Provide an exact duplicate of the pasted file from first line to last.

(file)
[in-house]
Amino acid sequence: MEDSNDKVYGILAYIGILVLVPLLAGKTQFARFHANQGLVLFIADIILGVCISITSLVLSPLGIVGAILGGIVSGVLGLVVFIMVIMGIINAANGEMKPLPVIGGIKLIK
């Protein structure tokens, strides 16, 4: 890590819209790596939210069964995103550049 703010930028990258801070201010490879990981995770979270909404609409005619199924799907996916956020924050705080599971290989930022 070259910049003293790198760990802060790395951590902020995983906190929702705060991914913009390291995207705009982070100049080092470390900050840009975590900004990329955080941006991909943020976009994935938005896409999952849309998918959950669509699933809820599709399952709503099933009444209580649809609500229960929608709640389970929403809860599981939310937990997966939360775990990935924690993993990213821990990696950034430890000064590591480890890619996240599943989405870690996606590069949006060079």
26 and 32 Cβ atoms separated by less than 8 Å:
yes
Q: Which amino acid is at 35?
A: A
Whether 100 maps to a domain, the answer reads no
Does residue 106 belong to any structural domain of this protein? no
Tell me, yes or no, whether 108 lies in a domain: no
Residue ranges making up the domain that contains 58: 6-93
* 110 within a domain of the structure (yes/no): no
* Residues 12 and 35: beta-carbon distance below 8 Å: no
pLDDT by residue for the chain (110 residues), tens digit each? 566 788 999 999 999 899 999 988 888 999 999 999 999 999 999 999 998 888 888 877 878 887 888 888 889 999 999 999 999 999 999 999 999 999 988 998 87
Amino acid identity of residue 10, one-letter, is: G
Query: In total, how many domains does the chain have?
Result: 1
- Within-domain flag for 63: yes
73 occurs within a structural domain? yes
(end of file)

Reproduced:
[in-house]
Amino acid sequence: MEDSNDKVYGILAYIGILVLVPLLAGKTQFARFHANQGLVLFIADIILGVCISITSLVLSPLGIVGAILGGIVSGVLGLVVFIMVIMGIINAANGEMKPLPVIGGIKLIK
């Protein structure tokens, strides 16, 4: 890590819209790596939210069964995103550049 703010930028990258801070201010490879990981995770979270909404609409005619199924799907996916956020924050705080599971290989930022 070259910049003293790198760990802060790395951590902020995983906190929702705060991914913009390291995207705009982070100049080092470390900050840009975590900004990329955080941006991909943020976009994935938005896409999952849309998918959950669509699933809820599709399952709503099933009444209580649809609500229960929608709640389970929403809860599981939310937990997966939360775990990935924690993993990213821990990696950034430890000064590591480890890619996240599943989405870690996606590069949006060079």
26 and 32 Cβ atoms separated by less than 8 Å:
yes
Q: Which amino acid is at 35?
A: A
Whether 100 maps to a domain, the answer reads no
Does residue 106 belong to any structural domain of this protein? no
Tell me, yes or no, whether 108 lies in a domain: no
Residue ranges making up the domain that contains 58: 6-93
* 110 within a domain of the structure (yes/no): no
* Residues 12 and 35: beta-carbon distance below 8 Å: no
pLDDT by residue for the chain (110 residues), tens digit each? 566 788 999 999 999 899 999 988 888 999 999 999 999 999 999 999 998 888 888 877 878 887 888 888 889 999 999 999 999 999 999 999 999 999 988 998 87
Amino acid identity of residue 10, one-letter, is: G
Query: In total, how many domains does the chain have?
Result: 1
- Within-domain flag for 63: yes
73 occurs within a structural domain? yes